5 Tips to Return to the Gym Post Lockdown 21/07/2020

Finally the gym doors are open from 25th July in the UK! I’m sure this will bring a huge feeling of relief & satisfaction for those who have missed their gym routine, and those who want to start join & getting the benefits of exercise after lockdown.

It’s really easy to make mistakes especially when you’re desperate to make up for lost time, which is common post surgery or injury. However, lockdown is a completely different animal so a return to the gym or a start should be considered slightly differently. For example consider the types of training you haven’t been able to do, such as resistance training, balance or plyometrics. Or have you done more exercise during lockdown and are keen to push yourself more in the gym?

Here are 5 tips for a safe & successful return to the gym:

1. Allocate time for a thorough warmup

Warming up is often neglected as we don’t have time or we don’t know what to do. As mentioned, the lockdown lifestyle is a different animal, we’ve been more sedentary, have been sat down for longer periods of time or not done the same movements in the gym or our favourite sports. Spending time to warmup thoroughly will allow our tendons, muscles, joints & ligaments to prepare for the workout.

2. Reduce the resistance of your weights to 50% of your pre-lockdown resistance, and have a more gradual progression of intensity through each week of consistent training. Consider what you’ve been able & unable to do during lockdown. Have you been unable to Deadlift or Front Squat? Have you been unable to do any overhead lifts for your shoulders? Have you been limited to doing similar workouts with limited equipment? The reduction in the resistance will allow you to focus on form rather than high load & poor form. Train the movements first, it is easy to forget them!

To progress from 50% of your pre-lockdown resistance, you can either increase by 10-15% per week if you’ve been active. Or if you’ve been inactive, have a more gradual approach with 10% increase. If you’ve become more active over lockdown & want to join the gym for the 1st time, consider a gym induction and a more gradual progression with resistance & intensity. The indoor gym equipment will be different to home improvisations.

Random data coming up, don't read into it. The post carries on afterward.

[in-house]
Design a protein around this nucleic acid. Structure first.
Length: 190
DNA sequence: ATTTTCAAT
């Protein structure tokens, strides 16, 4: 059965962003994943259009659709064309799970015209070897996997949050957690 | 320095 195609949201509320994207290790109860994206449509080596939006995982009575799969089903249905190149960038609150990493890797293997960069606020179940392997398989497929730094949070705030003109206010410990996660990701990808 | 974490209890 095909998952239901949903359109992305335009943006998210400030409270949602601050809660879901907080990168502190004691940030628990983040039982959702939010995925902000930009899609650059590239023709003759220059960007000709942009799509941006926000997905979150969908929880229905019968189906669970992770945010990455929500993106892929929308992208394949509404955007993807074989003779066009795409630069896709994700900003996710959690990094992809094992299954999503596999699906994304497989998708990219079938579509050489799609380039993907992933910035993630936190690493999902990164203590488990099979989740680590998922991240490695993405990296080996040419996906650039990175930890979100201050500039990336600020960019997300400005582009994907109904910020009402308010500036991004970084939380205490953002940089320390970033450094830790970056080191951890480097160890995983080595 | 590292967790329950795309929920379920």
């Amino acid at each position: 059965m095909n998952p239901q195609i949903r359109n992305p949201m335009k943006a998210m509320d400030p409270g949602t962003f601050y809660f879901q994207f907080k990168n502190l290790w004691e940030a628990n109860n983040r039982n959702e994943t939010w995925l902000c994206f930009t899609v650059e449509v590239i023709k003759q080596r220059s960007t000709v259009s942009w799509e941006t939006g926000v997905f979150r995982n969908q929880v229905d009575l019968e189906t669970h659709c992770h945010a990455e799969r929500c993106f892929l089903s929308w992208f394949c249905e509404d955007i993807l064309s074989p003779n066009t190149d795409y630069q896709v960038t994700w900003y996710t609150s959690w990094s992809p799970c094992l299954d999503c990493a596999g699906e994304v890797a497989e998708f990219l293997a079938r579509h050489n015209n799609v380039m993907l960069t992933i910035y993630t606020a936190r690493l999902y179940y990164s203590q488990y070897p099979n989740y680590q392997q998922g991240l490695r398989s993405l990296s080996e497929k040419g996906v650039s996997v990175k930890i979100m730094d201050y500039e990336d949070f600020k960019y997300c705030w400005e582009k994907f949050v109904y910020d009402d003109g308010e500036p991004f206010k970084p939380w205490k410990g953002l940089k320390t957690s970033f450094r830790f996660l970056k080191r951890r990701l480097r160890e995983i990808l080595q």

3. If you want to train to your best ability, you must rest to your best! Giving enough time for physiological adaptations from the increased resistance training in between workouts is very important. You want to be able to get the most from your workout, rather than burn yourself out. For the 1st few weeks try to stick to 3 gym sessions a week.

This also links well with…

4. Sleeping well to train well. Despite all the fancy gadgets & gizmos, sleep is the best way to recover for a human being. I find sleep is very neglected & almost taken for granted, especially when it comes to restoring your energy stores. 7-9hrs is the magic number, but there is a reason why! Click on my blog post to find out more.

5. Don’t jump into plyometrics too early. Plyometric exercises include jumping (see what I did there), hopping or skipping, and provide a high amount of load on tendons & bones. If the tendons & bones don’t have the load capacity or strength to deal with these loads, you could experience symptoms or an injury that causes you to be out of action.

I would approach plyometrics with caution, especially if you’ve been inactive or are a newbie in the gym. Try to give 2-3 days rest at least between each session.

An additional tip I want to give is to get advice from the right people, and don’t just ignore niggles. Don’t let hindsight be a wonderful thing, and allow an injury or poor advice stunt your progress in the gym. Always seek professional advice and help to get you in the right direction sooner than later.


I hope these tips have been useful, and provide some guidance. If you’re struggling with an injury or niggle and need an assessment, contact Hoss for more information and availability.




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